|GTX 1660||$200||1408||48||1530 MHz||1785 MHz||2000 MHz||TU116||6600M||6 GB, GDDR5, 192-bit|
|GTX 1070||$300||1920||64||1506 MHz||1683 MHz||2002 MHz||GP104||7200M||8 GB, GDDR5, 256-bit|
|RX Vega 56||$260||3584||64||1156 MHz||1471 MHz||800 MHz||Vega 10||12500M||8 GB, HBM2, 2048-bit|
|GTX 1660 Super||$230||1408||48||1530 MHz||1785 MHz||1750 MHz||TU116||6600M||6 GB, GDDR6, 192-bit|
|GTX 1660 Ti||$270||1536||48||1500 MHz||1770 MHz||1500 MHz||TU116||6600M||6 GB, GDDR6, 192-bit|
|GTX 1070 Ti||$450||2432||64||1607 MHz||1683 MHz||2000 MHz||GP104||7200M||8 GB, GDDR5, 256-bit|
|RX 5600 XT||$280||2304||64||1375 MHz||1560 MHz||1500 MHz||Navi 10||10300M||6 GB, GDDR6, 192-bit|
|Sapphire RX 5600 XT Pulse||$290||2304||64||1615 MHz||1750 MHz||1750 MHz||Navi 10||10300M||6 GB, GDDR6, 192-bit|
|RTX 2060||$300||1920||48||1365 MHz||1680 MHz||1750 MHz||TU106||10800M||6 GB, GDDR6, 192-bit|
|RX 5700||$330||2304||64||1465 MHz||1625 MHz||1750 MHz||Navi 10||10300M||8 GB, GDDR6, 256-bit|
|GTX 1080||$500||2560||64||1607 MHz||1733 MHz||1251 MHz||GP104||7200M||8 GB, GDDR5X, 256-bit|
|RTX 2060 Super||$400||2176||64||1470 MHz||1650 MHz||1750 MHz||TU106||10800M||8 GB, GDDR6, 256-bit|
|RX Vega 64||$375||4096||64||1247 MHz||1546 MHz||953 MHz||Vega 10||12500M||8 GB, HBM2, 2048-bit|
|GTX 1080 Ti||$700||3584||88||1481 MHz||1582 MHz||1376 MHz||GP102||12000M||11 GB, GDDR5X, 352-bit|
|RX 5700 XT||$380||2560||64||1605 MHz||1755 MHz||1750 MHz||Navi 10||10300M||8 GB, GDDR6, 256-bit|
Sapphire's card looks identical to the RX 5700 XT Pulse. It uses relatively clean geometry paired with highlights in red and silver. The metal backplate explores the "Pulse" theme even further with a waveform resembling a heartbeat line.
Dimensions of the card are 25.5 x 13.5 cm.
Installation requires a little bit over two slots in your system, so it's a three-slot card.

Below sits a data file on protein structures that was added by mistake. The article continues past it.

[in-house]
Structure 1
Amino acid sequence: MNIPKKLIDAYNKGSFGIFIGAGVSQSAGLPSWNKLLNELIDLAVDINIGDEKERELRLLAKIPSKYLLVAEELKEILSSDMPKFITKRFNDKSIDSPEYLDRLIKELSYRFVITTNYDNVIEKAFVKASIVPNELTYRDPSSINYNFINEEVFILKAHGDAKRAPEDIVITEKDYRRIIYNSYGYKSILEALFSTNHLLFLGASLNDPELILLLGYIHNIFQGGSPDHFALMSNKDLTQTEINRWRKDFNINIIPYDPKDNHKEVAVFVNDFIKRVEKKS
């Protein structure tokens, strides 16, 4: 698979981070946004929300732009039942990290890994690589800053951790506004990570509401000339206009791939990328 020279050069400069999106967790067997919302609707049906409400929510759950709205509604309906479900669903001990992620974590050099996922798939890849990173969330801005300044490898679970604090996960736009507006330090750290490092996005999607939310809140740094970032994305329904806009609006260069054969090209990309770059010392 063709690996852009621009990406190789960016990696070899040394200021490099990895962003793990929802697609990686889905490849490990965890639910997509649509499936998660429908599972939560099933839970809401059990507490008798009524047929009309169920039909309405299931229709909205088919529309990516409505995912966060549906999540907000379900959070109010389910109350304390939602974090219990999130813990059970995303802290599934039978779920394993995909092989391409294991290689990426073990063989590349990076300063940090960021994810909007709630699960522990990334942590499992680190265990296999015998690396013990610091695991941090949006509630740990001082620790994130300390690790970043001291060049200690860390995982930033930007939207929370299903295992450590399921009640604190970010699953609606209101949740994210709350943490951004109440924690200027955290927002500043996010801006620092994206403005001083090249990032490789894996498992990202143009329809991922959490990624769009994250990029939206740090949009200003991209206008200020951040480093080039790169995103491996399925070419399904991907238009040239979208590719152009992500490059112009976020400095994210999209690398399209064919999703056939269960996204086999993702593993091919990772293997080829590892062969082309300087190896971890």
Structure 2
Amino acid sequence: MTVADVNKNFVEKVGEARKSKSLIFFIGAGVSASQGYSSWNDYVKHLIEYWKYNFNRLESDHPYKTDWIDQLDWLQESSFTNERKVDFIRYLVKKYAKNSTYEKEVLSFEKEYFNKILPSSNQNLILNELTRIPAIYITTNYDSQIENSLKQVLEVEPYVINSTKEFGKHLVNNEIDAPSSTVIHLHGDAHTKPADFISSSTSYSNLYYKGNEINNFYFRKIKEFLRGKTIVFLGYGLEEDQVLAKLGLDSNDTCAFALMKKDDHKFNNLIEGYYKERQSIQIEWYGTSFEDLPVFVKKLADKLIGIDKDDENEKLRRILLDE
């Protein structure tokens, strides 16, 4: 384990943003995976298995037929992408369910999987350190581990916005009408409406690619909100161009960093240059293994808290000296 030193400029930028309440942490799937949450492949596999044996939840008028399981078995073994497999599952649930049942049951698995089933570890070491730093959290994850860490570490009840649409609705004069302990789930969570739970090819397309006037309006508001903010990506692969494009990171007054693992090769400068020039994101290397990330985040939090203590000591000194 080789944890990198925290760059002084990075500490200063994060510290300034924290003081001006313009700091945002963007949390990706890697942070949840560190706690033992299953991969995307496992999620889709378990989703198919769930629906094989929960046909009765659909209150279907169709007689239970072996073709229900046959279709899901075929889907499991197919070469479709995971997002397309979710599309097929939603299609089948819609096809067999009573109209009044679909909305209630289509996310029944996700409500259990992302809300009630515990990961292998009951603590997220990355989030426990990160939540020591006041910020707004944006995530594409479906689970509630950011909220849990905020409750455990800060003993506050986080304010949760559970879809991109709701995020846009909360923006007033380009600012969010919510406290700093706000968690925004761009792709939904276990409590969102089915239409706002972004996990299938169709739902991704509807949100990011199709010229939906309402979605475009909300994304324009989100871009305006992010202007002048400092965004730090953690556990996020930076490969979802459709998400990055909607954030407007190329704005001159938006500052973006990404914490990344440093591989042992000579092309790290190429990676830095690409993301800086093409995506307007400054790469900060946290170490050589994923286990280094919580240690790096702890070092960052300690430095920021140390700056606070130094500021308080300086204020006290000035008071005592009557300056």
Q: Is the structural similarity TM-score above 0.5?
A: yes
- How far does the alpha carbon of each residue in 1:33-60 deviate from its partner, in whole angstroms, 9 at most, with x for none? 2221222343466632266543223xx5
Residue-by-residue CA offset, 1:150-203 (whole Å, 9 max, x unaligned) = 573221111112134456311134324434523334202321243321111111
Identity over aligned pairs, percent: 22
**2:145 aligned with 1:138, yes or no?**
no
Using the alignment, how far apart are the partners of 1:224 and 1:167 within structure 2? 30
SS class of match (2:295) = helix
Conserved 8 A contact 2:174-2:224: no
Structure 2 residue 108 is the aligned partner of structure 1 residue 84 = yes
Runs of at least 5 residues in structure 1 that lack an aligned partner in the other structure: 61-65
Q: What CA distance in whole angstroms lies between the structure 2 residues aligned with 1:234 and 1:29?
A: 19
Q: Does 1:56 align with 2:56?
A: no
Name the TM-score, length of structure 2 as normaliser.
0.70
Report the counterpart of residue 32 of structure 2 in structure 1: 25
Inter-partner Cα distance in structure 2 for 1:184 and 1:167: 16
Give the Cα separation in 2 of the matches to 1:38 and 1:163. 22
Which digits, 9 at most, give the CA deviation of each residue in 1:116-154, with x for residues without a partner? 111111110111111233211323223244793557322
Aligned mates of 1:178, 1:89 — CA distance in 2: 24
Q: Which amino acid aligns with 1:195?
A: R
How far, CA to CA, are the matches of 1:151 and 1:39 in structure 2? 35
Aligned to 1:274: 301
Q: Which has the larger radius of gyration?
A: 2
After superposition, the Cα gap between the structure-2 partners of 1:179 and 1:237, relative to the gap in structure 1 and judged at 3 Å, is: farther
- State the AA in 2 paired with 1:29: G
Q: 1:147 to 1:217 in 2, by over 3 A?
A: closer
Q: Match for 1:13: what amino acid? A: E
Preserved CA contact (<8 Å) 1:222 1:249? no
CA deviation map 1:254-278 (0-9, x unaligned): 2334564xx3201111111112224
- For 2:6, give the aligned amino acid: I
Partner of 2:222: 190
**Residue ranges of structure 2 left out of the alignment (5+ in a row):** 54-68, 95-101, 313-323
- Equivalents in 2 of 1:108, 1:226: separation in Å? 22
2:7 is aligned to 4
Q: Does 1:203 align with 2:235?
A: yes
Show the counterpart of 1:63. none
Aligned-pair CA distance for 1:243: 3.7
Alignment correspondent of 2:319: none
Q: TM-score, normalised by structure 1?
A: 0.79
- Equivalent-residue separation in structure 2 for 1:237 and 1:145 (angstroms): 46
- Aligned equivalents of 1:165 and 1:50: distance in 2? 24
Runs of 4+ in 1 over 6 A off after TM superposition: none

Display connectivity options include three standard DisplayPort 1.4a and an HDMI 2.0b.
The board uses one 8-pin power connector. This input configuration is specified for up to 225 watts of power draw.
AMD's Navi generation of GPUs no longer supports CrossFire. DirectX 12 does include its own set of multi-GPU capabilities, but the implementation requires game developers to put serious development time into a feature only a tiny fraction of their customers might ever use.
In this area, you'll also find a dual-BIOS switch, with the default setting being "Boost" and the other BIOS "Silent". It not only runs a quieter fan curve, but also comes with slightly lower clocks and voltages, which helps the card stay cool with even the reduced fan speeds.
Sapphire's thermal solution consists of two separate pieces—the fan assembly and the cooling plate. The two fans are large, 100 mm in diameter.
Under the hood we find a copper baseplate paired with three heatpipes to transport heat away from the chip quickly. Unlike the RX 5700 XT Pulse, this piece of the cooler also provides cooling for the memory chips and voltage regulation circuitry.
The backplate is made out of metal; it adds to the card's aesthetic and protects components on the PCB when handling the card.
High-resolution PCB PicturesThese pictures are for the convenience of volt modders and people who would like to see all the finer details on the PCB. Feel free to link back to us and use these in your articles or forum posts.
High-res versions are also available (front, back).